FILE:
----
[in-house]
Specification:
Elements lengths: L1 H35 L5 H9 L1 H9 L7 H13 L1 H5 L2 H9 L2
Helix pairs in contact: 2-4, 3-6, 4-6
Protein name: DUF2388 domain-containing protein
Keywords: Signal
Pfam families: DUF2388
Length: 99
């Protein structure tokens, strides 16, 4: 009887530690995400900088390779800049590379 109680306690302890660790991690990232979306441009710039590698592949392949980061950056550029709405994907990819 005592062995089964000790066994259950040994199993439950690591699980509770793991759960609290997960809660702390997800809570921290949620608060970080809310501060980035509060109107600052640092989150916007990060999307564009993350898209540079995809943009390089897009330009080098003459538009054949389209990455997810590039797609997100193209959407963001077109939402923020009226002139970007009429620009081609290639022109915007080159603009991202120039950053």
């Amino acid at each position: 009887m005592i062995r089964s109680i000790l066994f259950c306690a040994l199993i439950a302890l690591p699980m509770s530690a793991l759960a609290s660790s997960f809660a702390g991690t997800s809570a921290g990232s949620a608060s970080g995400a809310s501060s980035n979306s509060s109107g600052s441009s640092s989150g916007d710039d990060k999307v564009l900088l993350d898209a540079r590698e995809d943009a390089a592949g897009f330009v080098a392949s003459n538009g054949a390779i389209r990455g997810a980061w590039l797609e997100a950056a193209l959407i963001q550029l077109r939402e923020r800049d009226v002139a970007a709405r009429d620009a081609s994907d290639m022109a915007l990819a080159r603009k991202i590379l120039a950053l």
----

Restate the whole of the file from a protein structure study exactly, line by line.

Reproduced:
[in-house]
Specification:
Elements lengths: L1 H35 L5 H9 L1 H9 L7 H13 L1 H5 L2 H9 L2
Helix pairs in contact: 2-4, 3-6, 4-6
Protein name: DUF2388 domain-containing protein
Keywords: Signal
Pfam families: DUF2388
Length: 99
């Protein structure tokens, strides 16, 4: 009887530690995400900088390779800049590379 109680306690302890660790991690990232979306441009710039590698592949392949980061950056550029709405994907990819 005592062995089964000790066994259950040994199993439950690591699980509770793991759960609290997960809660702390997800809570921290949620608060970080809310501060980035509060109107600052640092989150916007990060999307564009993350898209540079995809943009390089897009330009080098003459538009054949389209990455997810590039797609997100193209959407963001077109939402923020009226002139970007009429620009081609290639022109915007080159603009991202120039950053």
């Amino acid at each position: 009887m005592i062995r089964s109680i000790l066994f259950c306690a040994l199993i439950a302890l690591p699980m509770s530690a793991l759960a609290s660790s997960f809660a702390g991690t997800s809570a921290g990232s949620a608060s970080g995400a809310s501060s980035n979306s509060s109107g600052s441009s640092s989150g916007d710039d990060k999307v564009l900088l993350d898209a540079r590698e995809d943009a390089a592949g897009f330009v080098a392949s003459n538009g054949a390779i389209r990455g997810a980061w590039l797609e997100a950056a193209l959407i963001q550029l077109r939402e923020r800049d009226v002139a970007a709405r009429d620009a081609s994907d290639m022109a915007l990819a080159r603009k991202i590379l120039a950053l």